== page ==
I am coming up for one year in my new position as Project Coordinator for Corporate Social Responsibility for the Taylor’s Education Group, a large educational provider that owns a university, two colleges and five schools in Kuala Lumpur. I have been working in one program, the Canadian Pre-University Program, at one of those colleges for six of the last seven years. A year ago I stepped into this position hoping to do some good in a larger context than just one program in just one college.
To say that this has been a stretching experience is accurate, provided you envision a medieval rack along the lines of the one used in The Princess Bride. Don’t let the fancy title fool you. I spent the first four months in this role at the end of a crowded bench normally reserved for student interns only slightly older than my grandchildren. Not to worry. Asian workers are nothing if not mobile, and of the four of us sitting on that bench, only I lasted longer than six months. There were plenty of offices available shortly as well. I simply moved into one of them, squatter-like, and dared them to evict me. The jury is still out on whether I will ever get my name on the door.
I spent those first four months largely on the move myself, leveraging my impressive title into meetings with the high and lowly, connecting social entrepreneurs with CSR-inclined businesses, finding out which staff were helping the community and which ones to avoid. After this initial phase and after a few meetings with the CEO to get his take on the whole matter, I began to formulate a website in my head. In my thoughts I saw a place where all those lowly staff, toiling away in the forgotten bowels of the enormous company could meet with each other across the internet. I would compose pages of the projects they were involved in and write up profiles of the staff and students involved. I would provide links to the community partners and post upcoming events they could participate in. It would celebrate community service and affirm those who cared about the larger community.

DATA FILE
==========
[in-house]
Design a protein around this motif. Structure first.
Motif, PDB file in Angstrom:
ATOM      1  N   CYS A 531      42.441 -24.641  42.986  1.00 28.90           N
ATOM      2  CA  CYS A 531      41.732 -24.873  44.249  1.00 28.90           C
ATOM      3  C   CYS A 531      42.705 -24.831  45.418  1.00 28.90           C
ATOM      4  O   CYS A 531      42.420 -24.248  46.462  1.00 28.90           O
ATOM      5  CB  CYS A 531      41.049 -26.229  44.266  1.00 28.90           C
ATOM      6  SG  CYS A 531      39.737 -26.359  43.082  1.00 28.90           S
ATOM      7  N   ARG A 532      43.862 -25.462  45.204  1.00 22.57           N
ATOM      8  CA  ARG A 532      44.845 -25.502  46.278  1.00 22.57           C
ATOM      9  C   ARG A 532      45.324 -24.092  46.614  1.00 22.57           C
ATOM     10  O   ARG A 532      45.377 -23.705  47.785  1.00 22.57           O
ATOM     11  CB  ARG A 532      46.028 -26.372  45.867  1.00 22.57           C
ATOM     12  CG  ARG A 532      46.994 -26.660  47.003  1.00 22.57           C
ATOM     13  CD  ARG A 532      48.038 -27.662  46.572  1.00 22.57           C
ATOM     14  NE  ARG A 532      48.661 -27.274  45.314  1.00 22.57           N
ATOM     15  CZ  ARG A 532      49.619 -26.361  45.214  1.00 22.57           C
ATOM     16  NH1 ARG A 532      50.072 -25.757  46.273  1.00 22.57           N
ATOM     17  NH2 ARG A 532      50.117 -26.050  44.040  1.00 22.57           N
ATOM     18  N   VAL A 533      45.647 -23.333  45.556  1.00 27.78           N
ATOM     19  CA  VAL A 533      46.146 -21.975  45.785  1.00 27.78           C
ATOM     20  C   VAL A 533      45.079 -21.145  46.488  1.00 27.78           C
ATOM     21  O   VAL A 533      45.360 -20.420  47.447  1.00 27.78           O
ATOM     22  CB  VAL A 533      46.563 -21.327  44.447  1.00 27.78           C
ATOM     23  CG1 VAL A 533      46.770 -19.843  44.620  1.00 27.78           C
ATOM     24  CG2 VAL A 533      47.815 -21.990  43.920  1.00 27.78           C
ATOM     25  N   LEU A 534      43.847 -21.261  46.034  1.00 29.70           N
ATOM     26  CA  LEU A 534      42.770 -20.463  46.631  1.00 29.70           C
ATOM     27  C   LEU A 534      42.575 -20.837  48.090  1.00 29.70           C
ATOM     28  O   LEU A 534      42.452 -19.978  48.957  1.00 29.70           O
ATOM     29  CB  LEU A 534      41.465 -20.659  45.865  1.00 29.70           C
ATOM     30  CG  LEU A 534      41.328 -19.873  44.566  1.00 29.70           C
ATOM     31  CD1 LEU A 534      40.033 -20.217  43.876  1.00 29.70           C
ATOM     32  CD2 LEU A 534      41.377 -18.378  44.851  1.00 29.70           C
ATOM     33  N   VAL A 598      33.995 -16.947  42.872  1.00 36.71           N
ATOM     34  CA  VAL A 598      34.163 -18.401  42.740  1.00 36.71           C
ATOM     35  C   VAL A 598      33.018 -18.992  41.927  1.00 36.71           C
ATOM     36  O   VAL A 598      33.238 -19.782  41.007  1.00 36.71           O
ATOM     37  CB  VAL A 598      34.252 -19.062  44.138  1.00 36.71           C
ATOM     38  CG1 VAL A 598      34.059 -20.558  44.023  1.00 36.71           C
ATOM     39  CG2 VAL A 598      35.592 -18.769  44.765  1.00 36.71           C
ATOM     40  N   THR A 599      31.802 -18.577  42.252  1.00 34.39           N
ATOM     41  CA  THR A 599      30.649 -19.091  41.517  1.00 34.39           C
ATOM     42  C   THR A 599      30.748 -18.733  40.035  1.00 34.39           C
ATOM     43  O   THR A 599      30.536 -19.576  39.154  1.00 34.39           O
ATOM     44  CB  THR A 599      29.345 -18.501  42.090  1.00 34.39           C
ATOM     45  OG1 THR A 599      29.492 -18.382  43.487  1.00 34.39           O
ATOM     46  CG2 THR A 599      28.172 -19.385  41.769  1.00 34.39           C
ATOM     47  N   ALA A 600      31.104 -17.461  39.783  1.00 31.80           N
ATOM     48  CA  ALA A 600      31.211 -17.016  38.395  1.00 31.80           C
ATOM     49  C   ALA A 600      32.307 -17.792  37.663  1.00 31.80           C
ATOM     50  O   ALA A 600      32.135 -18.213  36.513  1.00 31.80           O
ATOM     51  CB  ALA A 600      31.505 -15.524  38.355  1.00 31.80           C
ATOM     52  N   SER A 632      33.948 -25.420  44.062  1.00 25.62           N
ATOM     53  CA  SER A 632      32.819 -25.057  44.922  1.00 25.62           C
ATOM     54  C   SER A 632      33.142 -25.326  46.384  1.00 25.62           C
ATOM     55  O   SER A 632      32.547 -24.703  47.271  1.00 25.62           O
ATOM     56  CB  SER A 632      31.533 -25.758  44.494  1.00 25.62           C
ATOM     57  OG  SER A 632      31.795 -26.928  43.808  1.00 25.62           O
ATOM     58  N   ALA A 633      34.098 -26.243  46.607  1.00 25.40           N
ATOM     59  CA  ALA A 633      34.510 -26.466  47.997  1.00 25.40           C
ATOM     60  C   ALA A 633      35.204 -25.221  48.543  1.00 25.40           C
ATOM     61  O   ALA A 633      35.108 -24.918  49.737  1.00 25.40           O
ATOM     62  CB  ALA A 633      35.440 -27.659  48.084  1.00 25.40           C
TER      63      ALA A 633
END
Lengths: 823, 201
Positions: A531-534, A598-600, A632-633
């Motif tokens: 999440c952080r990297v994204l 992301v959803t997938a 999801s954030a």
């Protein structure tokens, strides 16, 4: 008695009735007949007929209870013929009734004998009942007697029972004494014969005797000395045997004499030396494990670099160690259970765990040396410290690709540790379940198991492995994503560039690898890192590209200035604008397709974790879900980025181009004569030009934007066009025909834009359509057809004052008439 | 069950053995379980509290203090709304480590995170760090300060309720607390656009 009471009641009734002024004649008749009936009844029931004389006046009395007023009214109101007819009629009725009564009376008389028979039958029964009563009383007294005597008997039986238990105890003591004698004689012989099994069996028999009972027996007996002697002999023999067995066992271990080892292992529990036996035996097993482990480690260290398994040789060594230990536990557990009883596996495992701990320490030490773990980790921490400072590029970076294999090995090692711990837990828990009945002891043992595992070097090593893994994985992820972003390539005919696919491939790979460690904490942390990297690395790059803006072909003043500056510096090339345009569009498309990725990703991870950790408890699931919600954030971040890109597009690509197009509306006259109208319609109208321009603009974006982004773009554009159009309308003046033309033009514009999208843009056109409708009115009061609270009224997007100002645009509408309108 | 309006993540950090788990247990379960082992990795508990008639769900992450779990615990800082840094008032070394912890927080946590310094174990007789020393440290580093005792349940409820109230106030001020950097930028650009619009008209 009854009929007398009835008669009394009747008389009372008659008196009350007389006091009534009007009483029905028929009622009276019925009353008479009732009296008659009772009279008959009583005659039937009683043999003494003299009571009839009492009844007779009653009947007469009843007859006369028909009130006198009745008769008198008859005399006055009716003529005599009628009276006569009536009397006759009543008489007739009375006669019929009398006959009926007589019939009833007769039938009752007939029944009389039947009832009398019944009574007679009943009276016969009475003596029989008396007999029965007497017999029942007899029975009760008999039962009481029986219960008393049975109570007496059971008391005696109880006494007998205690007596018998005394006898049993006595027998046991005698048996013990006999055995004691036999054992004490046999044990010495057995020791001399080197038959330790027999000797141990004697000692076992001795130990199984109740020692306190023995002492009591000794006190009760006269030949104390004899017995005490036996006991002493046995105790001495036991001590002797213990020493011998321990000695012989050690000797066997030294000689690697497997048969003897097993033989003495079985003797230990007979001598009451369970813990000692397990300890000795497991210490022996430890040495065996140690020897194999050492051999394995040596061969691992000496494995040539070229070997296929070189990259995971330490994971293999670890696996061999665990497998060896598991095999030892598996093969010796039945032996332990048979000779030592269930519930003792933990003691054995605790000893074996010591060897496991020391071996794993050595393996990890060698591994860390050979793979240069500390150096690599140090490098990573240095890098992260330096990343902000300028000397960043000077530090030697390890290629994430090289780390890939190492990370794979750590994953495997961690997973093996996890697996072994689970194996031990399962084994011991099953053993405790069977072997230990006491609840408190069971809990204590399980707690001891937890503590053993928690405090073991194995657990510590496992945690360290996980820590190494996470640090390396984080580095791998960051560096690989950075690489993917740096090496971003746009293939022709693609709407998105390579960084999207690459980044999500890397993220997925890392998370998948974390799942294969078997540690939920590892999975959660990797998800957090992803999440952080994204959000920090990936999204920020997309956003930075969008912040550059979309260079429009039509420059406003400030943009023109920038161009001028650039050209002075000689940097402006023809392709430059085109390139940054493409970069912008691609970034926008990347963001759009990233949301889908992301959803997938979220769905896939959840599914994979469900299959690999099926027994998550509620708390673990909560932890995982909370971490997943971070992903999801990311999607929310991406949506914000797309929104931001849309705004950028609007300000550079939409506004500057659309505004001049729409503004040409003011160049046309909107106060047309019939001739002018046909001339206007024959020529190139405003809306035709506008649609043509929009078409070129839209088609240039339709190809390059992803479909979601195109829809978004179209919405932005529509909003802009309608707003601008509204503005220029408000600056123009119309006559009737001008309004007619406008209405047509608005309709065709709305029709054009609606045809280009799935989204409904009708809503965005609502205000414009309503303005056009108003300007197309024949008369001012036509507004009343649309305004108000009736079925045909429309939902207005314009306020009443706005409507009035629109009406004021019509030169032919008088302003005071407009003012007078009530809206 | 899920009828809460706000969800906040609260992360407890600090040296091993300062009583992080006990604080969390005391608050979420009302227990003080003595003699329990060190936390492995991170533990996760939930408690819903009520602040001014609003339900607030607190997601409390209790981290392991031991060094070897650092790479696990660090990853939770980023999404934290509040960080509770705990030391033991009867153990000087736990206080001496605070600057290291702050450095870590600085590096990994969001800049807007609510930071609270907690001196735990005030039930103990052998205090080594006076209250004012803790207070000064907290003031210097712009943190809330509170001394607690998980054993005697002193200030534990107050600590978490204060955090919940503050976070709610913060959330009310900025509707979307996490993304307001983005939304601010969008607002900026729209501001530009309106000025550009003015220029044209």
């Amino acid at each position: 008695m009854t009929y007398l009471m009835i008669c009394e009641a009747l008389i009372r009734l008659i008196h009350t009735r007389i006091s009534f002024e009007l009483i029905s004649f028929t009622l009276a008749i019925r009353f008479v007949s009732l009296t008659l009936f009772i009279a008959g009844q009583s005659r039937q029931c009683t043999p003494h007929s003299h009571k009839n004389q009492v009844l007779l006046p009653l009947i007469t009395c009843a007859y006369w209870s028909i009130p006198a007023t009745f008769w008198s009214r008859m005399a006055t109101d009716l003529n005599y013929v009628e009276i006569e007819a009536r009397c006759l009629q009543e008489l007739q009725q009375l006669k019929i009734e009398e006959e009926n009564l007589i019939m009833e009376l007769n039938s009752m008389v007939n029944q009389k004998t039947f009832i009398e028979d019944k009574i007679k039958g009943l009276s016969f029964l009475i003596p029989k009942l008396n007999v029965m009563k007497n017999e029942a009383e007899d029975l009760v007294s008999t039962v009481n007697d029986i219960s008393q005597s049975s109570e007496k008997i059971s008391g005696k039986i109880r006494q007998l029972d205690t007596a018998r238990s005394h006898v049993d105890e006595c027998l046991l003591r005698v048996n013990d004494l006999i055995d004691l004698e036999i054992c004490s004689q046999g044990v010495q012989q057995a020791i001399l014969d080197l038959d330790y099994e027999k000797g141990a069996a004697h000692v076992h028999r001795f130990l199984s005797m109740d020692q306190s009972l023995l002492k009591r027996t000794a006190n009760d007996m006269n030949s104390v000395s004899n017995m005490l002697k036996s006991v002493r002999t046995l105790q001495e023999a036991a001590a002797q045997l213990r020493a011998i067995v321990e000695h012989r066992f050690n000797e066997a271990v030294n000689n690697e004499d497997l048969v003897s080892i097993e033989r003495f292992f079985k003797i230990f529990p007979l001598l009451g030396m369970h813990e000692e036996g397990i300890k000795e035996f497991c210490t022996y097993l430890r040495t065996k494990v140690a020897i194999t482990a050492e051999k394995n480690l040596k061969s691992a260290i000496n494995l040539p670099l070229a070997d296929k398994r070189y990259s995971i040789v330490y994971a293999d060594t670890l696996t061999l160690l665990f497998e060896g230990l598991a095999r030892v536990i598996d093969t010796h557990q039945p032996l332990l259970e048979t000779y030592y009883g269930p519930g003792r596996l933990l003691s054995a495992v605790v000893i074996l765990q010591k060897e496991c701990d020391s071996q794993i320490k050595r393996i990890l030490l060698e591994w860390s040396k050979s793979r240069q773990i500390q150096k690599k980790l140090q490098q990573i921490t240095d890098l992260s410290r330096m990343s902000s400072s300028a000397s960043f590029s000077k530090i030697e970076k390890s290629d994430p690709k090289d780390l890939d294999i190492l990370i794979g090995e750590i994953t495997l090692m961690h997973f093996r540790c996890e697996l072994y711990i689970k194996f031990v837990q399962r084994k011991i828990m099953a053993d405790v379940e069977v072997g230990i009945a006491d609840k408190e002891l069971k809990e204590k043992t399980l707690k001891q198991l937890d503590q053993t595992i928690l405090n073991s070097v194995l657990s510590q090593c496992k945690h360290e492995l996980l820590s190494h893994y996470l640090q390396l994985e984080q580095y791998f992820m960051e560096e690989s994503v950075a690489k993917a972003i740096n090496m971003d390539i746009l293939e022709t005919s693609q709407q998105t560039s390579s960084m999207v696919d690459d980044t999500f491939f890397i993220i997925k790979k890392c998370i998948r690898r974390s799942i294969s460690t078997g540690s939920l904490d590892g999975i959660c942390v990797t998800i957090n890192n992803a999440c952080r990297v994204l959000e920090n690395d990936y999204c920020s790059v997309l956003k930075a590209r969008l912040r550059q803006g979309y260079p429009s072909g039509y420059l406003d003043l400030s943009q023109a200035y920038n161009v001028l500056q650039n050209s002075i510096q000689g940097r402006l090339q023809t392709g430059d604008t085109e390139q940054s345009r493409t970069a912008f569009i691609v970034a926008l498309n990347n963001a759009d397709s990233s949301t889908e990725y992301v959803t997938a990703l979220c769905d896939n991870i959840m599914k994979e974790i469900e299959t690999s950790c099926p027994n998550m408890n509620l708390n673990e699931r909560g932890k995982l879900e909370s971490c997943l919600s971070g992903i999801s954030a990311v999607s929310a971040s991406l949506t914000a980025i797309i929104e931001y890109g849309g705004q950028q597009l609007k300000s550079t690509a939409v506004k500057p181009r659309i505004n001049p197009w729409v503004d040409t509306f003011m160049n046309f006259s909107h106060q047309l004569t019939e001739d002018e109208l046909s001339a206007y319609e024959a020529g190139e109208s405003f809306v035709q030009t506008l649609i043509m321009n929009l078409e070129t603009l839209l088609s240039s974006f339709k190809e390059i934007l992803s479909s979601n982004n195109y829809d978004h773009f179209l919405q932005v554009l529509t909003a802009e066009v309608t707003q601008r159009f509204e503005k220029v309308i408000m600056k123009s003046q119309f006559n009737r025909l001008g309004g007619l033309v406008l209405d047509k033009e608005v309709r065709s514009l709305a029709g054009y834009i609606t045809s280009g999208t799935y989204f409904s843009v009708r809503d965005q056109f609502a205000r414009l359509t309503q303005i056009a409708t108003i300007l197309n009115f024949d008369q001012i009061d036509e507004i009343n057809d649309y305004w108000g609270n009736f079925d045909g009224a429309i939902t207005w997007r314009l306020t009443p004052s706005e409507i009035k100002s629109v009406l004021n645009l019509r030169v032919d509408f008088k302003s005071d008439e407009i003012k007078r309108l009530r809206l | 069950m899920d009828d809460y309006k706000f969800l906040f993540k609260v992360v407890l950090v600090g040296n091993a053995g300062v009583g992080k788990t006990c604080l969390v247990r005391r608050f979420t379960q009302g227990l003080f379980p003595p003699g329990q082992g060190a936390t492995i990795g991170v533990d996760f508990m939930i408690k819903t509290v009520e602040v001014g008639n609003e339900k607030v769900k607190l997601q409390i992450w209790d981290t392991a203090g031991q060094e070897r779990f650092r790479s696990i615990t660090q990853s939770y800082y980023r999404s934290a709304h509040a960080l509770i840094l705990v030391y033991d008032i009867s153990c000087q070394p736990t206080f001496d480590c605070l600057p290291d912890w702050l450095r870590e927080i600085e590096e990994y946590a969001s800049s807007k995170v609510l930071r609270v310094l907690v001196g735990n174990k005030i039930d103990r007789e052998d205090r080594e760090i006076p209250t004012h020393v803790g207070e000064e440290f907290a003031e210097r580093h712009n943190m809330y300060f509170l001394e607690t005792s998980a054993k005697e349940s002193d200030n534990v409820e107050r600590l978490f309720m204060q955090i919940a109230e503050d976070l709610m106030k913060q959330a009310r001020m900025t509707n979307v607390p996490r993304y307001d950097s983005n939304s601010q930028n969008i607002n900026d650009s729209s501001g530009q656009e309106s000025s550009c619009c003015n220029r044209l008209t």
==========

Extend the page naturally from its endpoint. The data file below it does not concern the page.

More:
By now I had an office where I could meet and begin to compile and compose all of the information I needed. I called together some of the team in Marketing and gathered their advice and ensured their commitment. I pulled in the ICT department and enlisted their aid for what was going to become a detailed and complex website. I began to learn the software, a steep learning curve whose intricacies had been facilitated by our own blogsite which you are presently reading. I gathered more information more widely from other colleges and schools. As the database of all this information grew I began to transfer it to the pages I was developing, learning compositional tricks as I progressed. By the time I left for our break in May, the site had begun to take shape.
When I got back at the beginning of June I had managed to convince my CEO to hire an assistant. Amelia knew some things about graphics from previous positions and has been very helpful in the last push to get the site complete enough to publish. I worked with some graphic designers to get the whole CSR package branded, and after a dozen prototypes arrived at IMPACT!; a name that seems to have met with widespread approval. I secured permission for its inclusion on the staff and student portals and on 19 July 2014 it got a ‘soft’ launch with a letter of introduction from the CEO to all staff. You can see a screenshot of the result above, but only staff and students can login to view the site.
This journey is not over. On Friday I met with the ICT team once again, this time to find a vendor to retool the content beyond the limits of its Sharepoint template, to something more approaching the kind of look and feel that you would expect from an institution of this clout. Next week the team and I will meet with three vendors to outline the specifics of the projected revamped CSR site and allow them to work out some proposals. This process is expected to take three months, by which time Amelia and I have to finish all the content for the site so it can be migrated to the revamped format.
My days are long. I get here at 7 in the morning to get in a full day by 3 so I can get to my ‘other’ job over at Taylor’s College so I can keep my work visa which says ‘lecturer.’ On busy days at the College I get home after 6. Aside from our time in Canada, I haven’t taken a day off since I began this job a year ago, although I did take a couple of half-days when Liz and Greg and Matt and Kate were here. Outside of the people I work with on a daily basis, not ten people out there know what I am doing or why I think it is important. But some day, maybe before Christmas if all goes well, this site will go public, and then this institution will become identified by the sacrificial staff and students who are doing all they can to help those who need their help in the communities around us. And then I will have done some good.